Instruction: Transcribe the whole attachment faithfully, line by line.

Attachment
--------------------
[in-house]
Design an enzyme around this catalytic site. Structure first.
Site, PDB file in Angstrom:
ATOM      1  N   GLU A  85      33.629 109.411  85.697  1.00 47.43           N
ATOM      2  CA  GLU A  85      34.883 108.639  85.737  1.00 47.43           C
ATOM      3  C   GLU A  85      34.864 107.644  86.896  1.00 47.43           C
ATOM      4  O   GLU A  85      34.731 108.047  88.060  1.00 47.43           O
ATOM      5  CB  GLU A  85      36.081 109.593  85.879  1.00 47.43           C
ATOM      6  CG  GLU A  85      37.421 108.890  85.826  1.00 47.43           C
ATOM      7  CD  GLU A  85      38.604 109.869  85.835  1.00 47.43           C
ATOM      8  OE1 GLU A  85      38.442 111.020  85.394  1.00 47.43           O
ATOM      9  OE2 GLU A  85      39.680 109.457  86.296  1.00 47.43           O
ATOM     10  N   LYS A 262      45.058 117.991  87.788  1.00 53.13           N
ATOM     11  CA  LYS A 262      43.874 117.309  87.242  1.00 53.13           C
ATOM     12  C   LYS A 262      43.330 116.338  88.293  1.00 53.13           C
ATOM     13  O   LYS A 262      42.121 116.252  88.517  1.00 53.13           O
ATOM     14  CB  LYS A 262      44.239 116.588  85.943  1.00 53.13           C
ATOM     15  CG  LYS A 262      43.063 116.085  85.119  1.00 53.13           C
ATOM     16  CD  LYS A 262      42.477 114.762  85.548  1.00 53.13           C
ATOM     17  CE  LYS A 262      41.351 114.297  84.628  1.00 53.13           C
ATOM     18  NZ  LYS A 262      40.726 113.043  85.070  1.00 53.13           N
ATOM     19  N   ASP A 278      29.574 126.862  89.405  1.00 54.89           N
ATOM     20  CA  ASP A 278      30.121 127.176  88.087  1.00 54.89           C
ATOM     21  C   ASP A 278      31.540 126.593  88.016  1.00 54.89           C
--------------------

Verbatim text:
[in-house]
Design an enzyme around this catalytic site. Structure first.
Site, PDB file in Angstrom:
ATOM      1  N   GLU A  85      33.629 109.411  85.697  1.00 47.43           N
ATOM      2  CA  GLU A  85      34.883 108.639  85.737  1.00 47.43           C
ATOM      3  C   GLU A  85      34.864 107.644  86.896  1.00 47.43           C
ATOM      4  O   GLU A  85      34.731 108.047  88.060  1.00 47.43           O
ATOM      5  CB  GLU A  85      36.081 109.593  85.879  1.00 47.43           C
ATOM      6  CG  GLU A  85      37.421 108.890  85.826  1.00 47.43           C
ATOM      7  CD  GLU A  85      38.604 109.869  85.835  1.00 47.43           C
ATOM      8  OE1 GLU A  85      38.442 111.020  85.394  1.00 47.43           O
ATOM      9  OE2 GLU A  85      39.680 109.457  86.296  1.00 47.43           O
ATOM     10  N   LYS A 262      45.058 117.991  87.788  1.00 53.13           N
ATOM     11  CA  LYS A 262      43.874 117.309  87.242  1.00 53.13           C
ATOM     12  C   LYS A 262      43.330 116.338  88.293  1.00 53.13           C
ATOM     13  O   LYS A 262      42.121 116.252  88.517  1.00 53.13           O
ATOM     14  CB  LYS A 262      44.239 116.588  85.943  1.00 53.13           C
ATOM     15  CG  LYS A 262      43.063 116.085  85.119  1.00 53.13           C
ATOM     16  CD  LYS A 262      42.477 114.762  85.548  1.00 53.13           C
ATOM     17  CE  LYS A 262      41.351 114.297  84.628  1.00 53.13           C
ATOM     18  NZ  LYS A 262      40.726 113.043  85.070  1.00 53.13           N
ATOM     19  N   ASP A 278      29.574 126.862  89.405  1.00 54.89           N
ATOM     20  CA  ASP A 278      30.121 127.176  88.087  1.00 54.89           C
ATOM     21  C   ASP A 278      31.540 126.593  88.016  1.00 54.89           C